Synopses & Reviews
Can we have objective knowledge of right and wrong, of how we should live and what there is reason to do? The thought that we can is beset by sceptical problems. In the face of radical disagreement, can we be sure that we are not deceived? If the facts are independent of what we think, is our reliability a mere coincidence? Can it be anything but luck when our beliefs are true? In Knowing Right From Wrong, Kieran Setiya confronts these questions in their most compelling and articulate forms: the argument from ethical disagreement; the argument from reliability and coincidence; and the argument from accidental truth. In order to resist the inference from disagreement to scepticism, he argues, we must reject epistemologies of intuition, coherence, and reflective equilibrium. The problem of disagreement can be solved only if the basic standards of epistemology in ethics are biased towards the truth. In order to solve the problem of coincidence, we must embrace arguments for reliability in ethics that rely on ethical beliefs. Such arguments do not beg the question in an epistemically damaging way. And in order to make sense of ethical knowledge as non-accidental truth, we must give up the independence of ethical fact and belief. We can do so without implausible predictions of convergence or relativity if the facts are bound to us through the natural history of human life. If there is objective ethical knowledge, human nature is its source.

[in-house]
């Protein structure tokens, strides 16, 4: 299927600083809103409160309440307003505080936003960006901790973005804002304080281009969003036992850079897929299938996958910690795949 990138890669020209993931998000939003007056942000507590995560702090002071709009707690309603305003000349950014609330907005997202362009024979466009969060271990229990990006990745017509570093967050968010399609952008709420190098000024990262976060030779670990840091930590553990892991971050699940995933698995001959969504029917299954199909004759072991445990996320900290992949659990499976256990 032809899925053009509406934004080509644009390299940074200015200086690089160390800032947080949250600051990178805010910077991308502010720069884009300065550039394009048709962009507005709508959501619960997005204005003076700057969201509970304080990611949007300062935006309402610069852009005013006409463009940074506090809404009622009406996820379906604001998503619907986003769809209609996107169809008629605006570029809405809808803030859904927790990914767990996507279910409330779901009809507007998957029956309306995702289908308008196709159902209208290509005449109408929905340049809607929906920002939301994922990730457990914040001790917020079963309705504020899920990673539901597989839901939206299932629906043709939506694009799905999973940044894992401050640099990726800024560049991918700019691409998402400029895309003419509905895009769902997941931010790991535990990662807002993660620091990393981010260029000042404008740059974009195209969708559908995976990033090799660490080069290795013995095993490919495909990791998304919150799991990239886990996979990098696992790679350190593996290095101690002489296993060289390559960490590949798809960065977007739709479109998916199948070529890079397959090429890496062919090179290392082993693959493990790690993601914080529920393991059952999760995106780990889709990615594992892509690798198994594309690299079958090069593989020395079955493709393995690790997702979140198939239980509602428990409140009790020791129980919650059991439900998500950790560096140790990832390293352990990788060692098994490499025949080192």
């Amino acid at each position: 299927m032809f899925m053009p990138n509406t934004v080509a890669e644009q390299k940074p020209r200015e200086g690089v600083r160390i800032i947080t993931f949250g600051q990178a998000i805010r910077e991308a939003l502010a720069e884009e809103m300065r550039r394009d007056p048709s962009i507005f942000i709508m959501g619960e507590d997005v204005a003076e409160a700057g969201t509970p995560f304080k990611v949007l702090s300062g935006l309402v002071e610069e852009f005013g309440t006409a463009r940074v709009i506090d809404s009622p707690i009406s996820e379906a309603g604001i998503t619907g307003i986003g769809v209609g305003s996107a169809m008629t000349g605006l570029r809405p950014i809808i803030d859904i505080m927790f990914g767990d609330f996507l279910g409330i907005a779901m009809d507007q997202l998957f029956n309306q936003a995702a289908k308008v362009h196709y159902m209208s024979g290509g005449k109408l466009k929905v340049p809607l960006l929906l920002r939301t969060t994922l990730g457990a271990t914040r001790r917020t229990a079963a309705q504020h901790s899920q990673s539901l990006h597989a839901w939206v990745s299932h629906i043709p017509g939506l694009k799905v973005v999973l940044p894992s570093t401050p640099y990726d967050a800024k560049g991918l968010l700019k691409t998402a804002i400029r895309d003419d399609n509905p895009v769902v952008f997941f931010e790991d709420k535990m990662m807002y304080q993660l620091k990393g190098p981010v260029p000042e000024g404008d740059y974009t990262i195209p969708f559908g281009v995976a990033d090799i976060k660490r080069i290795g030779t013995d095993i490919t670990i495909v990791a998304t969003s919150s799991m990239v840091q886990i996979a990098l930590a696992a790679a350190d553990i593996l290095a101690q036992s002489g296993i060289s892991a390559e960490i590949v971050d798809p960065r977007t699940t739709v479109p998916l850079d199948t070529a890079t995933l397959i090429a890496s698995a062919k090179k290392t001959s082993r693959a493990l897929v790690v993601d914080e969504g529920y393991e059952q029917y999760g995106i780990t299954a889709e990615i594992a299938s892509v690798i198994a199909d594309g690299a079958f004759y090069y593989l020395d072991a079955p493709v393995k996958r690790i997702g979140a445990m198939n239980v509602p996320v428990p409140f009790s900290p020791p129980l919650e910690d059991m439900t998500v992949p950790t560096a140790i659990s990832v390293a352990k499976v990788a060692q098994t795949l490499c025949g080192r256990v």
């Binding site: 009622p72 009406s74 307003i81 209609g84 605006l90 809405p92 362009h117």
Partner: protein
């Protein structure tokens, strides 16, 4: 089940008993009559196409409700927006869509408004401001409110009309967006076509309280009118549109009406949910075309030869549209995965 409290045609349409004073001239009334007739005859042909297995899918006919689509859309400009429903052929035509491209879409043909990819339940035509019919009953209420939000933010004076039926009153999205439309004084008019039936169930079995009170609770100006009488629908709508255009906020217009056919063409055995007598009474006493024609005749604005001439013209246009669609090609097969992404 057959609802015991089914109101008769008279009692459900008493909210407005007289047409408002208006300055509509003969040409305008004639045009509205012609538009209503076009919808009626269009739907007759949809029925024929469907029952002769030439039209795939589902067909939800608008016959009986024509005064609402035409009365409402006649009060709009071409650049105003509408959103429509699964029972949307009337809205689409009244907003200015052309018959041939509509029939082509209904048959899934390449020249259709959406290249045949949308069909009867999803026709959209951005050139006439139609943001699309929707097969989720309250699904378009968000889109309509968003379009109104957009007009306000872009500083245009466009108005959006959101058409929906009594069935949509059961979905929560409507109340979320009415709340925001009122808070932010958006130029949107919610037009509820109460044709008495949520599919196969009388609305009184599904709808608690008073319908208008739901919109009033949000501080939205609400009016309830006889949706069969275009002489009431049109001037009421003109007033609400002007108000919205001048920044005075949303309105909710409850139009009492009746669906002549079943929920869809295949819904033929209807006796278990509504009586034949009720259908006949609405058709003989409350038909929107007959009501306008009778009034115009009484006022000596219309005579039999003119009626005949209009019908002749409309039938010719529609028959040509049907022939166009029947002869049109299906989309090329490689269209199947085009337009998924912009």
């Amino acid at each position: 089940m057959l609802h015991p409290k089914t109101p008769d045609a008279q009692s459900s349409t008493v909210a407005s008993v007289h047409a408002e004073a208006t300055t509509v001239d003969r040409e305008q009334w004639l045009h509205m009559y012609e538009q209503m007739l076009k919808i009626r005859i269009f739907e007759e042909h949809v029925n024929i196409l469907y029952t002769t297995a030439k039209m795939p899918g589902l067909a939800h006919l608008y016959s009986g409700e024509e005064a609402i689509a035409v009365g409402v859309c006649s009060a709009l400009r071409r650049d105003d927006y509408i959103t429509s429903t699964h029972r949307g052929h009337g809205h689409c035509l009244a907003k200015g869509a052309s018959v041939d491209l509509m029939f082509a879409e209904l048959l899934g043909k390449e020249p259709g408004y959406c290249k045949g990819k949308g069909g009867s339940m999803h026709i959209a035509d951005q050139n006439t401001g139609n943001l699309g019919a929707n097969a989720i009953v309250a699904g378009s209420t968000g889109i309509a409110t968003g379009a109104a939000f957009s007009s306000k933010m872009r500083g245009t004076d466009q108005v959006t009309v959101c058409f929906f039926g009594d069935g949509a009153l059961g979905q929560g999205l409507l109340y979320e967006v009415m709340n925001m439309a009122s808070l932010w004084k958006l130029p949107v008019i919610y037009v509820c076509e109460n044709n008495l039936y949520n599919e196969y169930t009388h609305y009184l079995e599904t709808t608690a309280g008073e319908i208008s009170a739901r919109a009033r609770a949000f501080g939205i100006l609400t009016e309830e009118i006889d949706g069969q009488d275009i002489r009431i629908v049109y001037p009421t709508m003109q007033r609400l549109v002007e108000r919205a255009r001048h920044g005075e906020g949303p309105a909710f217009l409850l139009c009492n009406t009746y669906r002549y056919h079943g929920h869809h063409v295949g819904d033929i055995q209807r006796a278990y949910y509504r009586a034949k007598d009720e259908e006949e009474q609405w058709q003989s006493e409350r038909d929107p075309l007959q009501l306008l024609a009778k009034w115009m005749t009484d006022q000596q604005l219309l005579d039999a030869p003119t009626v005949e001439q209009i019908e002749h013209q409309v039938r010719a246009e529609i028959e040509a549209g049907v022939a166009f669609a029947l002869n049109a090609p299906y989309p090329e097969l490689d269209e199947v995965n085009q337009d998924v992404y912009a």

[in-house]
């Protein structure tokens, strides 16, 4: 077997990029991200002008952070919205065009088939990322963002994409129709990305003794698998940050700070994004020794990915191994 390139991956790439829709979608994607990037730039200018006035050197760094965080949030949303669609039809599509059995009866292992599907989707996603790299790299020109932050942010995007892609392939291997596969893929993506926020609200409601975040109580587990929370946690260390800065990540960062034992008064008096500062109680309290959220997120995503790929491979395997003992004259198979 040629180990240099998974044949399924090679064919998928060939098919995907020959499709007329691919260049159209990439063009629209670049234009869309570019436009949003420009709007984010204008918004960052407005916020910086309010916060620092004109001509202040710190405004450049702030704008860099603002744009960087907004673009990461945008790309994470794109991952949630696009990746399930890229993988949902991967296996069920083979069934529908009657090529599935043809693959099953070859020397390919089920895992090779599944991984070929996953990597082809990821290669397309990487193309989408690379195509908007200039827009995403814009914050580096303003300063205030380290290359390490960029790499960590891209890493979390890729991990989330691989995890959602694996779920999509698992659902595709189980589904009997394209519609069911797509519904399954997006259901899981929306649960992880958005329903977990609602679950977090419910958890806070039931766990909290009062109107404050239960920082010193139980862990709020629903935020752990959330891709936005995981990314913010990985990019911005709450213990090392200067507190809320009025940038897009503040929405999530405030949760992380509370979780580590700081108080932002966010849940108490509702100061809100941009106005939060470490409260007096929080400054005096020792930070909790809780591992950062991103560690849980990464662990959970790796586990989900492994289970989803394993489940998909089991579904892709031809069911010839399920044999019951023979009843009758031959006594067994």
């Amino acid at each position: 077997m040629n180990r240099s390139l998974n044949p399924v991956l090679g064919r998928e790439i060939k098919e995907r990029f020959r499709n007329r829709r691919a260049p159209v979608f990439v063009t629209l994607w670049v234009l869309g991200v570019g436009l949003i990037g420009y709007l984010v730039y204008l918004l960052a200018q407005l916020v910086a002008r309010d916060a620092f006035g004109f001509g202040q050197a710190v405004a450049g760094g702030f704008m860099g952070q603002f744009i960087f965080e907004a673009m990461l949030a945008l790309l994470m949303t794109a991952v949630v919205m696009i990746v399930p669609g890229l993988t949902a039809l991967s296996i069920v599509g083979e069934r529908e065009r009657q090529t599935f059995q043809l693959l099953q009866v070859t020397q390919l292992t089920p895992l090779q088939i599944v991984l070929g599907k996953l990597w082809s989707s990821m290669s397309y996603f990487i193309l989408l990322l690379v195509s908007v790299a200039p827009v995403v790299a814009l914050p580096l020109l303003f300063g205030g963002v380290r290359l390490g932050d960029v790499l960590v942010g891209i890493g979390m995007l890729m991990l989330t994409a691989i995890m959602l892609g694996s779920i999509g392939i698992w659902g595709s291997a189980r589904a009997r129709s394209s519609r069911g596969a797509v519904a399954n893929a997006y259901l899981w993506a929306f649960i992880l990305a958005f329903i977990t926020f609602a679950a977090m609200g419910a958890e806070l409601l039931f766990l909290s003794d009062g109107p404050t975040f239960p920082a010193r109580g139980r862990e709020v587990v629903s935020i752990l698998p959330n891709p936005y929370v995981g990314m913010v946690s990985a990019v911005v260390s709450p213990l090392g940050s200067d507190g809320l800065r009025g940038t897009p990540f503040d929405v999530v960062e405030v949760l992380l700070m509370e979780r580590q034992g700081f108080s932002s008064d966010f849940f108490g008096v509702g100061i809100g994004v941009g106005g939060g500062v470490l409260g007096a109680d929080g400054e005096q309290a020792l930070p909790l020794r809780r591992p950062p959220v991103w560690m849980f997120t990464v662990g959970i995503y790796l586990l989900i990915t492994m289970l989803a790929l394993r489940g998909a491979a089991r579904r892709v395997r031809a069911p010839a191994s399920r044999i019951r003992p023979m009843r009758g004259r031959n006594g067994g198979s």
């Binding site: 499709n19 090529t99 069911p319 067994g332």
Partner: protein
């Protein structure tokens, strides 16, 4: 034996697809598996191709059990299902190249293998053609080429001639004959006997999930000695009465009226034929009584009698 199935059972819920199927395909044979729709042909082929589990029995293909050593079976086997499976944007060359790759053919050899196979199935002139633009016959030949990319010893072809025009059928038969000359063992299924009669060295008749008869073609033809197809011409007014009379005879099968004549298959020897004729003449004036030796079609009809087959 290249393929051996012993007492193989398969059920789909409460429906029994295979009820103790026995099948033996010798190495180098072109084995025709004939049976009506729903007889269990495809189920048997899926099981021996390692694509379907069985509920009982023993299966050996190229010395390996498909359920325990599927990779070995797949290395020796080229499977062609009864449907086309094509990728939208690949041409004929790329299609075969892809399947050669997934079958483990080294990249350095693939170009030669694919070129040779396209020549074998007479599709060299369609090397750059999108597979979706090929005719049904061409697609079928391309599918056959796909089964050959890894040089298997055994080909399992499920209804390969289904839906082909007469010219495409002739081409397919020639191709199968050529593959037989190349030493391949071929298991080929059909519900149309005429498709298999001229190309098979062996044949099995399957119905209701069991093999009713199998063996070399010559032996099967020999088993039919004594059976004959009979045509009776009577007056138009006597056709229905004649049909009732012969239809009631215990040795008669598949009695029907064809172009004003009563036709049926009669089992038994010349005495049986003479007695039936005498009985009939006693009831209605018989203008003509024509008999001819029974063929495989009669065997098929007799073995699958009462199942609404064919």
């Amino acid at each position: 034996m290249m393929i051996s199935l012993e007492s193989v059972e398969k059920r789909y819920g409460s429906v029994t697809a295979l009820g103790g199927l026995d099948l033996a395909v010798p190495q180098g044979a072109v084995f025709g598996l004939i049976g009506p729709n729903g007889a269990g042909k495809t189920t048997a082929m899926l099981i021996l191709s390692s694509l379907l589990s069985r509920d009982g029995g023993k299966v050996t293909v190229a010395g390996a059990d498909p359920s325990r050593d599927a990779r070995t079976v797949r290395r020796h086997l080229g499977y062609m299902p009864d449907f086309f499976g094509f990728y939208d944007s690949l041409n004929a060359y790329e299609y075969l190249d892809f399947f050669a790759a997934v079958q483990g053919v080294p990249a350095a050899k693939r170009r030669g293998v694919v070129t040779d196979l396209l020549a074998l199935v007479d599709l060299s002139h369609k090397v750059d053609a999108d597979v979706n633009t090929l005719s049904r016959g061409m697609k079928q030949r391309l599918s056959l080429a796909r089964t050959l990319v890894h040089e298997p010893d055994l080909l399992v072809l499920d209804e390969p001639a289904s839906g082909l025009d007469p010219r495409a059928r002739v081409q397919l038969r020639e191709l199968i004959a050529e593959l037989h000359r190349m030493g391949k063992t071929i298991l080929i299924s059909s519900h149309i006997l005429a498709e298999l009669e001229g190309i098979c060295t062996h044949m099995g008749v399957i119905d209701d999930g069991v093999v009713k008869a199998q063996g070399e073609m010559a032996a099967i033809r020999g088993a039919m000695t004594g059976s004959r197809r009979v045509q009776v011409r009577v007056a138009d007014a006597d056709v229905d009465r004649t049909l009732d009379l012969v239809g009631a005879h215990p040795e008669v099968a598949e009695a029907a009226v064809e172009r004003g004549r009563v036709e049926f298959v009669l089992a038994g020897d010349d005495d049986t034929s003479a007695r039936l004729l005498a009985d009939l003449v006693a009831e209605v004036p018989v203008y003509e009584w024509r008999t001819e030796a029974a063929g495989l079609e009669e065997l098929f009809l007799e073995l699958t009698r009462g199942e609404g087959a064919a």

"I am happy to commend an excellent contribution to a perennially contested area. All philosophers can profit from this book, and should admire the meticulous craftsmanship and the modesty and intelligence of its explorations."--Simon Blackburn, Times Literary Supplement
"A rich and provocative contribution to moral epistemology and to ethical theory more generally -- one that is well worth reading."--Charlie Kurth, Notre Dame Philosophical Reviews
About the Author
is Professor of Philosophy at the University of Pittsburgh. He works in action theory, epistemology, and ethics, and is the author of Reasons without Rationalism
(Princeton University Press, 2007).
Table of Contents
4. Human Nature